A record £1.3bn of fraud committed in 2009 highlights a surge in the level of the crime during the 2000s when 1,750 cases were registered.
It meant fraudsters netted more than £7bn of ill-gotten gains in a decade which saw the ascent of high profile “super-cases” involving billions of dollars and notorious individuals such as Bernard Madoff and Allen Stanford.
London and the South East remains the fraud hotspot of the UK, accounting for almost £820m of the fraud that came to court in the past year, according to KPMG’s Fraud Barometer.
KPMG forensic partner Hitesh Patel said: “Britain appears to have a rising fraud problem, as is evident by looking at the steady increase through the last ten years. The last decade, I am afraid, could certainly be dubbed the ‘naughty Noughties’. The credit crunch will undoubtedly make the situation worse, and we are yet to see the full impact of it. The forecast therefore is: getting worse.”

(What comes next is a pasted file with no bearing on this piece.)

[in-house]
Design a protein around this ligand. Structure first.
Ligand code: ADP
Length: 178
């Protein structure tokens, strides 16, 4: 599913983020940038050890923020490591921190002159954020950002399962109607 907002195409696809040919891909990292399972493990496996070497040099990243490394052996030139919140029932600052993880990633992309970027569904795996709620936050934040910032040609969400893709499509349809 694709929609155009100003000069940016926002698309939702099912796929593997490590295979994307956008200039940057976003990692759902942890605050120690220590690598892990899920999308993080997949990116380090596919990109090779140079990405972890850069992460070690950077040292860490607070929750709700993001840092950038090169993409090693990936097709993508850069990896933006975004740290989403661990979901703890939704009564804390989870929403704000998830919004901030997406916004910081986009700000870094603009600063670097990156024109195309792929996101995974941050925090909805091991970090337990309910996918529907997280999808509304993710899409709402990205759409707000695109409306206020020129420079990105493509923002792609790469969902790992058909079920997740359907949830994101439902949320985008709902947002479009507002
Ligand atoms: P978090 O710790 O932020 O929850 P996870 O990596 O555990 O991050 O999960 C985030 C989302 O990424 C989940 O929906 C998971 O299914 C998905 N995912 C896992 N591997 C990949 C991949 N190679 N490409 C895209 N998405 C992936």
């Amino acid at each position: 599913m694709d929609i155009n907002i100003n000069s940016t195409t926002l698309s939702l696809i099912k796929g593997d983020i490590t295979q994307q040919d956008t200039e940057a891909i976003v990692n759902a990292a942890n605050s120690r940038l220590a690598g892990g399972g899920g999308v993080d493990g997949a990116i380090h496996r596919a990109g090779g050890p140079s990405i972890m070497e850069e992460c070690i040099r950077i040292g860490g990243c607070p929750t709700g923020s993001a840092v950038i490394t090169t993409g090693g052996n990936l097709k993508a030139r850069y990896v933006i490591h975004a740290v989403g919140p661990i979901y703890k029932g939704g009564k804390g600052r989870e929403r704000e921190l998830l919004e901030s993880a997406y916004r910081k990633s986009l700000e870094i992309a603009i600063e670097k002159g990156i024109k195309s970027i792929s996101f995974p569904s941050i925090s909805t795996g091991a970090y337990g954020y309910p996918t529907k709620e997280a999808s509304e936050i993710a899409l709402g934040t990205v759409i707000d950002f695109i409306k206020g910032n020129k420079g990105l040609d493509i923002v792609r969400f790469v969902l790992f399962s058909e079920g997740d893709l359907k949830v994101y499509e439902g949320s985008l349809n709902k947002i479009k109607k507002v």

The figures compare with the 1990’s when only 700 cases came to court. Despite the increase in fraud Patel said more cases were being prosecuted due to a “greater focus on corporate governance” and “new laws and regulations that combat fraud”.